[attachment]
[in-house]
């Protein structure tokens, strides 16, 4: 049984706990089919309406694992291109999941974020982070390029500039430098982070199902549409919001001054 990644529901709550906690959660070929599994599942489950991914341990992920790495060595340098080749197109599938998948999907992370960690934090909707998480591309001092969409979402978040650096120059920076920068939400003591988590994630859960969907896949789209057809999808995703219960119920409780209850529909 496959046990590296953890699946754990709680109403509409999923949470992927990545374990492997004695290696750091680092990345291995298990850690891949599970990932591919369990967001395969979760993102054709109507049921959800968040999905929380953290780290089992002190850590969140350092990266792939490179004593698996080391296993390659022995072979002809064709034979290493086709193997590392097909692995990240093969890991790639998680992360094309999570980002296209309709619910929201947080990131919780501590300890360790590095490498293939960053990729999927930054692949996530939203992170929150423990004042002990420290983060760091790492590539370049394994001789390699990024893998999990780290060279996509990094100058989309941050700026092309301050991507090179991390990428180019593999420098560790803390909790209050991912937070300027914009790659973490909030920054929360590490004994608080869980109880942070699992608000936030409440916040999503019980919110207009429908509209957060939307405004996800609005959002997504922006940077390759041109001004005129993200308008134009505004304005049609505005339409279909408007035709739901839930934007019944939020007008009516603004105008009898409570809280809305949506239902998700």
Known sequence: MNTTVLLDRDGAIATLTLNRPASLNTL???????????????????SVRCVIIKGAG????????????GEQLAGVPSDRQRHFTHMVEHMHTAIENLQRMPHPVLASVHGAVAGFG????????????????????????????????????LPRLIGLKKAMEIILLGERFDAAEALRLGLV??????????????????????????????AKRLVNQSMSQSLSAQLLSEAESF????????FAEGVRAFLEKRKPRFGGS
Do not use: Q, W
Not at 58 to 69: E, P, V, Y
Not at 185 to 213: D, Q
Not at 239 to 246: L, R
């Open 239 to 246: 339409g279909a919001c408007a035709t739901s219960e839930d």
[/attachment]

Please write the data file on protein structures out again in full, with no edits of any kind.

[in-house]
């Protein structure tokens, strides 16, 4: 049984706990089919309406694992291109999941974020982070390029500039430098982070199902549409919001001054 990644529901709550906690959660070929599994599942489950991914341990992920790495060595340098080749197109599938998948999907992370960690934090909707998480591309001092969409979402978040650096120059920076920068939400003591988590994630859960969907896949789209057809999808995703219960119920409780209850529909 496959046990590296953890699946754990709680109403509409999923949470992927990545374990492997004695290696750091680092990345291995298990850690891949599970990932591919369990967001395969979760993102054709109507049921959800968040999905929380953290780290089992002190850590969140350092990266792939490179004593698996080391296993390659022995072979002809064709034979290493086709193997590392097909692995990240093969890991790639998680992360094309999570980002296209309709619910929201947080990131919780501590300890360790590095490498293939960053990729999927930054692949996530939203992170929150423990004042002990420290983060760091790492590539370049394994001789390699990024893998999990780290060279996509990094100058989309941050700026092309301050991507090179991390990428180019593999420098560790803390909790209050991912937070300027914009790659973490909030920054929360590490004994608080869980109880942070699992608000936030409440916040999503019980919110207009429908509209957060939307405004996800609005959002997504922006940077390759041109001004005129993200308008134009505004304005049609505005339409279909408007035709739901839930934007019944939020007008009516603004105008009898409570809280809305949506239902998700």
Known sequence: MNTTVLLDRDGAIATLTLNRPASLNTL???????????????????SVRCVIIKGAG????????????GEQLAGVPSDRQRHFTHMVEHMHTAIENLQRMPHPVLASVHGAVAGFG????????????????????????????????????LPRLIGLKKAMEIILLGERFDAAEALRLGLV??????????????????????????????AKRLVNQSMSQSLSAQLLSEAESF????????FAEGVRAFLEKRKPRFGGS
Do not use: Q, W
Not at 58 to 69: E, P, V, Y
Not at 185 to 213: D, Q
Not at 239 to 246: L, R
């Open 239 to 246: 339409g279909a919001c408007a035709t739901s219960e839930d």